Level 20, the advocacy group established to promote the role of women in private equity, has appointed George Anson as chair. He took up the position on 1 November.
Anson, a veteran of the private equity industry who previously chaired European industry body Invest Europe and is senior advisor to HarbourVest Partners, will take over the role from Jennifer Dunstan, who has been in the seat since 1 January 2017. She took up the position from Hanneke Smits, who chaired the group since its launch in September 2015. Dunstan, one of the organisation’s co-founders, will remain on the board.
In a statement, Anson, who will work alongside chief executive Jeryl Andrew, said he had been “very impressed with the impact that Level 20 has made on the industry in a relatively short period of time”.
Level 20 has also launched an advisory council, made up of senior men and women from the industry, to advise its leadership.
Anson will be the first man to hold the chair position. Level 20’s 12 founders are all women.
“From the outset, Level 20 has worked closely with the industry to achieve its goals and has promoted a diverse and inclusive membership,” Andrew said in a statement.
“Attracting more female talent to private equity requires the engagement of both men and women and we are delighted to have support from many senior professionals across the industry: through our membership base; our mentoring programme, in which half of our mentors this year are men; and our newly-formed Advisory Council.”
The advisory council will include James Brocklebank, managing partner at Advent International, Nic Humphries, senior partner and head of technology at Hg, Wol Kolade, managing partner at Livingbridge, Cathrin Petty, head of European healthcare at CVC Capital Partners, Cheryl Potter, co-head of consumer at Permira, and Emma Watford, partner and head of business services at Bridgepoint.
Anson’s appointment and the establishment of the advisory council are part of a drive by Level 20 to move away from being a founder-led organisation to one with greater representation from across the industry.
The London-based group’s goal is to ensure women account for 20 percent of senior professionals across the European private equity industry by 2020.
A report by the BVCA and Level 20 released in May, which surveyed 179 private equity firms representing around 5,000 employees, found just 6 percent of senior investment team roles are held by women.
Women comprise just 29 percent of the private equity workforce, compared to 48 percent of the wider UK labour force. Private equity’s 6 percent representation compares particularly poorly with the corporate world, where 28 percent of board-level roles at FTSE 100 companies are held by women, sister title pfm reported at the time.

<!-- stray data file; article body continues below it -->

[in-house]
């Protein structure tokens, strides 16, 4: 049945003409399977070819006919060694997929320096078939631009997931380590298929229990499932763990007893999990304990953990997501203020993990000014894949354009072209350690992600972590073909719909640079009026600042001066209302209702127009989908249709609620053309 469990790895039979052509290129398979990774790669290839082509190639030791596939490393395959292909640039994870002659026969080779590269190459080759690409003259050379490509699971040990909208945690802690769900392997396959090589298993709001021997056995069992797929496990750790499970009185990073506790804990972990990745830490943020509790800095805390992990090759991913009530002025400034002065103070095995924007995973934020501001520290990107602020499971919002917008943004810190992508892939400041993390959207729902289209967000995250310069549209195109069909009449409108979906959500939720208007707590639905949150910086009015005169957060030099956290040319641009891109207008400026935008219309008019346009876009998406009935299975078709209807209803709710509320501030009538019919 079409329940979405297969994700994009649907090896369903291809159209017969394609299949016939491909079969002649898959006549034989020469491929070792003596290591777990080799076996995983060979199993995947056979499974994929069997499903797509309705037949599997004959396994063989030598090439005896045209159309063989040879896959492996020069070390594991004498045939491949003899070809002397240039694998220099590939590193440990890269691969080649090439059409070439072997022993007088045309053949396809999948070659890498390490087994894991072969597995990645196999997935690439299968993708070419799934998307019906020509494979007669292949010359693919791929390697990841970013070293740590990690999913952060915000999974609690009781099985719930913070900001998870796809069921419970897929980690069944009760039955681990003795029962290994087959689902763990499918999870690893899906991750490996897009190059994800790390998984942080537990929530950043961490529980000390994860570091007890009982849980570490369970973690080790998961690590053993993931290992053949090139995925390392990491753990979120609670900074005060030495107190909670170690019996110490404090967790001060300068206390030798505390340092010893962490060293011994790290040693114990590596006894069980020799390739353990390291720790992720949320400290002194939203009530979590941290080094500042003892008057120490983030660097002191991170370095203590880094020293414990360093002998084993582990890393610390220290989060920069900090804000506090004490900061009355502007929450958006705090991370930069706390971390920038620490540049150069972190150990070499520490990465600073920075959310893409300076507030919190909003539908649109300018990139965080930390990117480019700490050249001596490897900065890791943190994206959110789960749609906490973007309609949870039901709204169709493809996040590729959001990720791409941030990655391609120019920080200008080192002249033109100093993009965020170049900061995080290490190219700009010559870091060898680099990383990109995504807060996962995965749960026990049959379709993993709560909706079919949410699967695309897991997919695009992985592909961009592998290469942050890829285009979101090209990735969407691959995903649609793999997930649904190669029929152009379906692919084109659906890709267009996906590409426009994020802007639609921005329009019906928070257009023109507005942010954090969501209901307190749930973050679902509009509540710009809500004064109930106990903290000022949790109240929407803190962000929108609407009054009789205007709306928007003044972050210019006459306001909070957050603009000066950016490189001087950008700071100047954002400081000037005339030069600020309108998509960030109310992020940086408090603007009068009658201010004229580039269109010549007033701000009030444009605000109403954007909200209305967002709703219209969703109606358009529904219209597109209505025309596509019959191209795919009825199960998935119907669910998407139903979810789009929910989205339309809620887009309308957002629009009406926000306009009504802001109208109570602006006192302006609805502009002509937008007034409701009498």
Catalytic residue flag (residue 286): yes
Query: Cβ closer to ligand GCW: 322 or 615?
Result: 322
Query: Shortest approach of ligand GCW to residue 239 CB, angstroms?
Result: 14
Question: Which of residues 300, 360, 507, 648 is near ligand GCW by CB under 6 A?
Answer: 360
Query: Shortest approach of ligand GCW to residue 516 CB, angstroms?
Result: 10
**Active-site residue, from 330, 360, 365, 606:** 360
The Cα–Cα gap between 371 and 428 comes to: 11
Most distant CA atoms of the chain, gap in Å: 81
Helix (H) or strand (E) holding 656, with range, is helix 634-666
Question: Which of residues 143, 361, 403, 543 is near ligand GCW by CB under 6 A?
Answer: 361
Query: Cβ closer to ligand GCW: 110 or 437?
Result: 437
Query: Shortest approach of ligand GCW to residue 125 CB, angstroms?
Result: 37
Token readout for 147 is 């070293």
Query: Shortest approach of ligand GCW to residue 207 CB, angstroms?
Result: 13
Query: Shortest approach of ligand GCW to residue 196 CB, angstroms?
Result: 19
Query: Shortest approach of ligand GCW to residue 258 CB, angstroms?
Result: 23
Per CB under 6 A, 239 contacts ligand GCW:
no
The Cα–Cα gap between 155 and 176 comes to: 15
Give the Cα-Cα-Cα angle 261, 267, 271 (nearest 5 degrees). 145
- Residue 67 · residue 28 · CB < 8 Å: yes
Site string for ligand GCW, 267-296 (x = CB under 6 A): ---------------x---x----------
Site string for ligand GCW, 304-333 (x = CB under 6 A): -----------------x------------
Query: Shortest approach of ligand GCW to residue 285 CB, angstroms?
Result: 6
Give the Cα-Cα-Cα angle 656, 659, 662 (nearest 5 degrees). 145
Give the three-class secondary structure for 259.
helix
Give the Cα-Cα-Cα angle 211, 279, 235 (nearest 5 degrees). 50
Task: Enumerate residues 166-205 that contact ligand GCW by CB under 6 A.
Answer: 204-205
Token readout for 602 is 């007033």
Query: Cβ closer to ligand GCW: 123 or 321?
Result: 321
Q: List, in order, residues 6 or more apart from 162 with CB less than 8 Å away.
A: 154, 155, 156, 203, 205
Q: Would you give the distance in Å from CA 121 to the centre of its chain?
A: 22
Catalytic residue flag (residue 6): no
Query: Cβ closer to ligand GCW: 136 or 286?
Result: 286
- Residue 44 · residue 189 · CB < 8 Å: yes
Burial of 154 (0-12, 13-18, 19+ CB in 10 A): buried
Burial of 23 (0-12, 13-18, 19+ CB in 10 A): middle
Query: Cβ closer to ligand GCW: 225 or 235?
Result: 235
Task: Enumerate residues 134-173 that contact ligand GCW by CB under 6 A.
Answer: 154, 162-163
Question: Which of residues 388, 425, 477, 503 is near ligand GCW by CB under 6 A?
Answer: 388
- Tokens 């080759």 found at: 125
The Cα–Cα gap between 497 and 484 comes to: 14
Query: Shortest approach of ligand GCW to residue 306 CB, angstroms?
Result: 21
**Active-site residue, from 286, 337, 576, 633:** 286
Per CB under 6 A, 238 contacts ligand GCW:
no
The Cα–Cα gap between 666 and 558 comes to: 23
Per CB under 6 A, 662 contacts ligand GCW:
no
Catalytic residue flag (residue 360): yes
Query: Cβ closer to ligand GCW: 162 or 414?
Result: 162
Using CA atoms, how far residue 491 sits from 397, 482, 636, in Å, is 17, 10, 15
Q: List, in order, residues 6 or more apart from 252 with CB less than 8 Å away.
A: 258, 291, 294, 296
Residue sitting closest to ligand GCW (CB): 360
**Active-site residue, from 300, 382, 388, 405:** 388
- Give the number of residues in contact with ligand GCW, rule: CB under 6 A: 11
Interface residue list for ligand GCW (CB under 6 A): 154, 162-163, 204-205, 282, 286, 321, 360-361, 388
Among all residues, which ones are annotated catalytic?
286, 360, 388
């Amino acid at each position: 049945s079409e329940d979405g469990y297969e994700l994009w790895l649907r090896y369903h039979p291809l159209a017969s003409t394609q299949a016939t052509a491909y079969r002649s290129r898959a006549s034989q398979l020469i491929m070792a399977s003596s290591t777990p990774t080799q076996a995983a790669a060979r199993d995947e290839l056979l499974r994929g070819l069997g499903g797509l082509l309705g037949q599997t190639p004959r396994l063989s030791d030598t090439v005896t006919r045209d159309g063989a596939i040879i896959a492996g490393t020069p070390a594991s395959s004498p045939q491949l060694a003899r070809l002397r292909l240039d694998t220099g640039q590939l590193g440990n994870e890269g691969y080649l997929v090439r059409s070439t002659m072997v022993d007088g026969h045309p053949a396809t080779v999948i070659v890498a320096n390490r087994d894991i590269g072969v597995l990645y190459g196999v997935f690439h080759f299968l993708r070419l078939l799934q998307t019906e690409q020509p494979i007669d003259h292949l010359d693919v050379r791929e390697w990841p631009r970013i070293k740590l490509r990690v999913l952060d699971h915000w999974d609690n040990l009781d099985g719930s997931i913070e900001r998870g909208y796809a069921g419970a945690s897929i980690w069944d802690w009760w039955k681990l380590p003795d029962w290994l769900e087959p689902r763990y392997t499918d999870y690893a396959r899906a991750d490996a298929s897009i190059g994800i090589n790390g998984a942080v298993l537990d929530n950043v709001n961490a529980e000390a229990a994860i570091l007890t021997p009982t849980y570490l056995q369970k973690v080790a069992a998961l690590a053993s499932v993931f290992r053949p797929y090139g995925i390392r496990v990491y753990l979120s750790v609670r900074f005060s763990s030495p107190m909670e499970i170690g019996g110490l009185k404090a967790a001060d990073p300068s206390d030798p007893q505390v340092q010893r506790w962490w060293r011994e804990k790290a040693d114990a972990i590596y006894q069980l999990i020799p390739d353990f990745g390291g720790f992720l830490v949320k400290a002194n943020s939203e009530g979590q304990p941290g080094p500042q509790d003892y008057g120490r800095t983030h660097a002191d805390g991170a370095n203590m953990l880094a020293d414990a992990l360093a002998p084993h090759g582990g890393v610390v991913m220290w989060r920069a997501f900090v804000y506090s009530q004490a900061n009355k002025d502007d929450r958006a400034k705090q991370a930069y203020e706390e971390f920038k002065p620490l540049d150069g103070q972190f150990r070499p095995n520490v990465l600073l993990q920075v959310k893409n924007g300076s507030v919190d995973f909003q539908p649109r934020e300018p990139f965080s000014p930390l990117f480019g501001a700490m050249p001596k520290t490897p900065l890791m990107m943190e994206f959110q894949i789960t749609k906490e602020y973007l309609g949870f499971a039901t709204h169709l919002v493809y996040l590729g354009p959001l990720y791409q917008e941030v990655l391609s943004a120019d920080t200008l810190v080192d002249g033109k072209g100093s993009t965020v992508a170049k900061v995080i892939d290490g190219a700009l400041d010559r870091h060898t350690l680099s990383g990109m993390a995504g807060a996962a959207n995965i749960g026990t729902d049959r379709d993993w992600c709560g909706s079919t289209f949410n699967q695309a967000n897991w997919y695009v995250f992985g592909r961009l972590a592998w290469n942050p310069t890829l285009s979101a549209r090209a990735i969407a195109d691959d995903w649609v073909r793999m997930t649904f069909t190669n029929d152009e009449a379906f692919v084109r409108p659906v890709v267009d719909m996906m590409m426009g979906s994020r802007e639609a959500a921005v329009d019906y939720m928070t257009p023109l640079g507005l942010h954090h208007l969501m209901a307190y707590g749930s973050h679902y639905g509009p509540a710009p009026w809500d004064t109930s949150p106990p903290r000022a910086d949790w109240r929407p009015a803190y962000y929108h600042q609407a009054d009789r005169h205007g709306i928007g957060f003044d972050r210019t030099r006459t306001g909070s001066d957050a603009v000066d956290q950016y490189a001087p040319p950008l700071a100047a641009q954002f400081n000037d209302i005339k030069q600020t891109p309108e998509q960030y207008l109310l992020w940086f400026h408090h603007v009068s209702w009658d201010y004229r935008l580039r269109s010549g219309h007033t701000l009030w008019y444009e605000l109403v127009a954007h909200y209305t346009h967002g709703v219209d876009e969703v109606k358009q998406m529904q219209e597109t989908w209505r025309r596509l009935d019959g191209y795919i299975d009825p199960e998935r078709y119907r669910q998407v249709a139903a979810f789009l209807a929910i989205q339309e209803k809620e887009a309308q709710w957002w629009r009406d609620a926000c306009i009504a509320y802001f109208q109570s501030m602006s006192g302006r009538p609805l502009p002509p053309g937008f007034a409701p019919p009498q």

This underrepresentation continues outside of senior levels, with just 14 percent of investment professional roles held by women. In contrast, women comprise 60 percent of the non-investment role workforce. The report found 15 percent of mid-level roles (directors, principals, vice-presidents) and 27 percent of junior roles (associates, analysts) are staffed by women.
Research commissioned by Level 20 and conducted by a team from the Wo+Men’s Leadership Centre at the University of Cambridge’s Judge Business School and released in July found banking and strategic consulting backgrounds to be the most common feeder industries for women entering private equity in junior investment roles, while 40 percent of women in senior investment roles entered the industry from a range of backgrounds, including consumer industries, engineering, healthcare and law.
In a statement announcing the results, Level 20 said “these findings suggest that there has been in the past decade or two a narrowing of the routes to entry to private equity for women, and this risks sharpening the industry’s gender divide”.
Last week Level 20 launched a committee in Amsterdam, led by Ruulke Bagijn, managing director of fund investments at AlpInvest Partners. This followed the formation of the Level 20 German committee earlier in the year. It is understood further committees across Europe are in the pipeline, including in Spain, France, the Nordics and Eastern Europe.